Perhaps the album’s best track, “Big Little Jeffrey” features Ming and FS dishing out a combination of jungle beats and breaks, topped with the infectious vocal hooks of a little boy named Aaron. For those who have followed Ming and FS from their early days of drum n’ bass releases on the now defunct but notoriously innovative, Manhattan label, Jungle Sky, “Big Little Jeffrey” will momentarily take you back to the days where the duo focused on producing more jungle oriented tracks. “Big Little Jeffrey,” however, cannot be neatly classified as a drum n ‘ bass track. In fact, it is really a track all on to its own. Ming and FS’ switching tempo switch ups and sampling of a little boy rapping brings a fresh vibe to the track that is unique from the album’s other ten cuts. As the beats switch from one hook to another, little Aaron can be heard rapping: “Do it like this, do like that, yeah, uh huh, make you feel good . . . this one is for all the homies.”
“So why is the track called Big Little Jeffrey,” I asked Ming as we talked about the process of producing the track, “One of our boys here in the studio, his name is Jeffrey, and his little brother is Aaron—we call him big little Jeffrey because he reminds us of his brother. We thought it would be a cool idea to sample this little boy rapping and dropping it over some beats. I would call it classic Ming & FS.” But it should come as no surprise that Ming and FS would use the talents of a little boy on one of their tracks: “The things that matter in life are family, friends, art and music,” said Ming “we thought it would be a good idea to reflect that on the track.” The duo are not just all talk, however, they are currently gearing up to tour the United States to promote not only their music, but also their message.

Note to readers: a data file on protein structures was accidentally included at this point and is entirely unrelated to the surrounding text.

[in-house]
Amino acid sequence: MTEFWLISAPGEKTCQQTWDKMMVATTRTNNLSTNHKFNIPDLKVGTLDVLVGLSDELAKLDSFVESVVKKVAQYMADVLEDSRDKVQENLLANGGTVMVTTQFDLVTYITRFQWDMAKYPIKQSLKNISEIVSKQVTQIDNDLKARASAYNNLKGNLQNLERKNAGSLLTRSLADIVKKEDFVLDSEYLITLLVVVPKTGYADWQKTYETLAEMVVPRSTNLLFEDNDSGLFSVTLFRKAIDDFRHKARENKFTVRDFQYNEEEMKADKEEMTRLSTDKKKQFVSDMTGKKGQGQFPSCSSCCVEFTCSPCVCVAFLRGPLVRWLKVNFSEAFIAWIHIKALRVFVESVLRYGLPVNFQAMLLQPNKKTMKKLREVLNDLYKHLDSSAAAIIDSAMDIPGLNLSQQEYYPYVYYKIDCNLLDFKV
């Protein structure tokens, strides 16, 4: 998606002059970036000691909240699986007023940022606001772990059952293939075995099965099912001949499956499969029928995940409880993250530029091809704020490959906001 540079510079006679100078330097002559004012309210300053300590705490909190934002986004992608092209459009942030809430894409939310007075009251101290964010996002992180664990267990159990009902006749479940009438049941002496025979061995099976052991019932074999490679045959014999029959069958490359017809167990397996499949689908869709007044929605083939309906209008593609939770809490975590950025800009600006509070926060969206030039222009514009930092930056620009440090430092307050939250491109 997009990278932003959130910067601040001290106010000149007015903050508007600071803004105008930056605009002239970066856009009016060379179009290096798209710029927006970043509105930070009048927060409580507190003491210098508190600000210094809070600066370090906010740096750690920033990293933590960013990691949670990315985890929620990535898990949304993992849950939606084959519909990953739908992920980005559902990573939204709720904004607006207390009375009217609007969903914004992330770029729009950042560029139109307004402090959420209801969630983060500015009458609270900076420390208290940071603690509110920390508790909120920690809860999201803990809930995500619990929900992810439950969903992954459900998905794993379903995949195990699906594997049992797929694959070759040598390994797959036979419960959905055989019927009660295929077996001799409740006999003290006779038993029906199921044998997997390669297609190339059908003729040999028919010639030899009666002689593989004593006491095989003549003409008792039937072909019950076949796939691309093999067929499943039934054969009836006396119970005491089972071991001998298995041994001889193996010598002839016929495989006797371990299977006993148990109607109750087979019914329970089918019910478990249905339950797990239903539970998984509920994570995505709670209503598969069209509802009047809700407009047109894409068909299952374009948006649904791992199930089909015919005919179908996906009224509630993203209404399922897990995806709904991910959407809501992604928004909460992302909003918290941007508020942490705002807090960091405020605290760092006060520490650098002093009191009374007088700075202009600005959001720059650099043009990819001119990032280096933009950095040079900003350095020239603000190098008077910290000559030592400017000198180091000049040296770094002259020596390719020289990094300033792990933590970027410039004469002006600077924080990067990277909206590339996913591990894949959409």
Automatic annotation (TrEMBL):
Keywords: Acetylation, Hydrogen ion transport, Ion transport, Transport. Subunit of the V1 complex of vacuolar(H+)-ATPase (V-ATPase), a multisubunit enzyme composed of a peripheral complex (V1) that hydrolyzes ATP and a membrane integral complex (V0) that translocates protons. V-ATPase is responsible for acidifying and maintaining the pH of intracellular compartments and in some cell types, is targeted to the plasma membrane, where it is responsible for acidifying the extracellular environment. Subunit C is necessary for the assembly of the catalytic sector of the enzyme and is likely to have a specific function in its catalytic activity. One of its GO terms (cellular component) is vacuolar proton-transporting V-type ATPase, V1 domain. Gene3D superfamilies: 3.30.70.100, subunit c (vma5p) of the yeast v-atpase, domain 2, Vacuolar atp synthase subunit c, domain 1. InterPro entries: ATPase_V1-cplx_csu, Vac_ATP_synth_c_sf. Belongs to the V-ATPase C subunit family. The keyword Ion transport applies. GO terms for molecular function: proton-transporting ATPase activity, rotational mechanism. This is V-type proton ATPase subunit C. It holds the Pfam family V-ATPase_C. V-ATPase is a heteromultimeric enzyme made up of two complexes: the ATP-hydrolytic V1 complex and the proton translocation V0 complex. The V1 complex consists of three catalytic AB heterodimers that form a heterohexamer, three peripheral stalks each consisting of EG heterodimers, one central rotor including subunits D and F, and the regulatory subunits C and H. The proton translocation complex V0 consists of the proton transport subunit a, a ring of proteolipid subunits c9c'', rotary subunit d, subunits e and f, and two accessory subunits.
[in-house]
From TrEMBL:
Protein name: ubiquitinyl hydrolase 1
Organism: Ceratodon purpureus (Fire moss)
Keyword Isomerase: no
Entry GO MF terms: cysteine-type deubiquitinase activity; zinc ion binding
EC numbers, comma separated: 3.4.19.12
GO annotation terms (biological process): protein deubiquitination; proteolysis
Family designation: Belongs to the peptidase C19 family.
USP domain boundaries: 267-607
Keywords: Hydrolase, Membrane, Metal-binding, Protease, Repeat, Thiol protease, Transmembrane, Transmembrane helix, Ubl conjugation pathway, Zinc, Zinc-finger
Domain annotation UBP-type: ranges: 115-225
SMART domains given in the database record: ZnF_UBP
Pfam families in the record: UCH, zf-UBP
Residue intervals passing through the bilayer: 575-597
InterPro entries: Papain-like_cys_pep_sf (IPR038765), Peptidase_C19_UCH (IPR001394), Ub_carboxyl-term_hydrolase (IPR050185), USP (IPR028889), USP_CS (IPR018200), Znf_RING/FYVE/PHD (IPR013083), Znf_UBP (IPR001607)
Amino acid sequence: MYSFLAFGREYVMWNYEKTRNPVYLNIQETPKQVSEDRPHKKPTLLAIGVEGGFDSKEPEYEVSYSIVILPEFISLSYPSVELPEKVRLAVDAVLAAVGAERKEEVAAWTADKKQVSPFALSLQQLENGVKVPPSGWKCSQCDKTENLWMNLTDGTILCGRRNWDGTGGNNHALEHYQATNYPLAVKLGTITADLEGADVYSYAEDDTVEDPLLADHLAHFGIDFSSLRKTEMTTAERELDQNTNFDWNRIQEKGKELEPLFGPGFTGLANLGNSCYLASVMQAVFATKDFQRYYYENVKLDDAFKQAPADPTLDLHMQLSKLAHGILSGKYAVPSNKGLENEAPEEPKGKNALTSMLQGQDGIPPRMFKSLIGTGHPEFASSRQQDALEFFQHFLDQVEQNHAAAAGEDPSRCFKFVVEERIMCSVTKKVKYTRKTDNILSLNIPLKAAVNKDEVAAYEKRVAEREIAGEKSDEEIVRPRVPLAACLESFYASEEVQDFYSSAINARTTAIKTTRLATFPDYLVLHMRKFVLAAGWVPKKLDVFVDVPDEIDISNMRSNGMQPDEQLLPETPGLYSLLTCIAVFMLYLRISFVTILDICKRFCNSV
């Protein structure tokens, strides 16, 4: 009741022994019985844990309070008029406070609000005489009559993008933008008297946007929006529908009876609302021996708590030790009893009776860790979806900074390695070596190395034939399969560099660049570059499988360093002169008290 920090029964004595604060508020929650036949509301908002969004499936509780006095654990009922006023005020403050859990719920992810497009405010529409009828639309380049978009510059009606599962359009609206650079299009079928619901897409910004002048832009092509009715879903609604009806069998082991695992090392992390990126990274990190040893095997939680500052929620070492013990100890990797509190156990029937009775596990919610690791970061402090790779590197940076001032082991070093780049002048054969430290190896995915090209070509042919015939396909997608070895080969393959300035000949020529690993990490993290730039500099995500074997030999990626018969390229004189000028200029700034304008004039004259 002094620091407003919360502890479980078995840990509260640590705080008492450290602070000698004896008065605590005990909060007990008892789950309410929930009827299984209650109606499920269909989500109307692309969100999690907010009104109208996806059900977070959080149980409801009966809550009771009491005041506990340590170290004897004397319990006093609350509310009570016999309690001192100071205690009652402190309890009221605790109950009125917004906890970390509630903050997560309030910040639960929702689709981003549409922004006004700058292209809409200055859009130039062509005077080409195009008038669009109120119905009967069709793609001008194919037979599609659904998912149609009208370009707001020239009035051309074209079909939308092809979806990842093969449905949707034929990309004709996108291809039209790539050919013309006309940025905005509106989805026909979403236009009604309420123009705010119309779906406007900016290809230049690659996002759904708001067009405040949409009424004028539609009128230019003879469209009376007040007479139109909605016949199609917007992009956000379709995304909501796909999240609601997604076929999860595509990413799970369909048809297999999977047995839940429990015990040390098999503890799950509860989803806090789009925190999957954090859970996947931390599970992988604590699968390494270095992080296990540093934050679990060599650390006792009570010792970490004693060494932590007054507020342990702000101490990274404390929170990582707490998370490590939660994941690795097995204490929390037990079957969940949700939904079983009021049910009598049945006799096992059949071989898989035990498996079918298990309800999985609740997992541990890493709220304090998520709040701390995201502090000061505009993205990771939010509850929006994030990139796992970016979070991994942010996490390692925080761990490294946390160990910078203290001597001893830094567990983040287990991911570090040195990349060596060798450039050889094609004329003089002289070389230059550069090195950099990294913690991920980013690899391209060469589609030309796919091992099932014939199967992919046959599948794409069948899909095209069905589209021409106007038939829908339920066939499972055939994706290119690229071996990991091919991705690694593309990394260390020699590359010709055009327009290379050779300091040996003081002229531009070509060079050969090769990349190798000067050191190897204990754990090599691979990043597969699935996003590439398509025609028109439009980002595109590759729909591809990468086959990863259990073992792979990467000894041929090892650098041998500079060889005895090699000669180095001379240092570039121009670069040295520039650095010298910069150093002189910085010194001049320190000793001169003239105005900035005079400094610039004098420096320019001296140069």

“The tour is about the music and the message, it affords us the position of being on stage and connect with young people who we encourage to become active. This country badly needs a different point of view other than the media’s! As New Yorkers, we should stand up and question our government’s unwise choices like the war in Iraq; it is not unpatriotic to do this!” As my conversation with Ming neared a conclusion, he elaborated: “A real measure of quality of life is determined by environmental wealth, and we are now living in a virtual dictatorship that cares zero about it. Political activism is important because for a democracy to prosper, it is necessary that an alternative message like ours reach the public. Political activism protects our fundamental rights of expression, something which this administration is determined to diminish. This is one of the reasons why it is important to spread the message through our music, why it is so important to go out and vote.”
With the release of Ming and FS’ new album “Back to One” in early August, and their upcoming Fall tour, the different point of view is on its way to your town, so pay attention, because in Napoleon’s own words, their show will be one “you’ll be pissed to miss!”
01. Fish Eyes
02. Back to One feat. Napoleon Solo
03. 50FT Mole Man
04. Slang Verbs feat. Napoleon Solo
05. Starts Somewhere feat. Napoleon Solo
07. Big Little Jeffrey
08. Skills and Grace feat. Napoleon Solo
09. Chester Goes to Town
10. 2092 feat. Napoleon Solo
11. Nadia feat. DK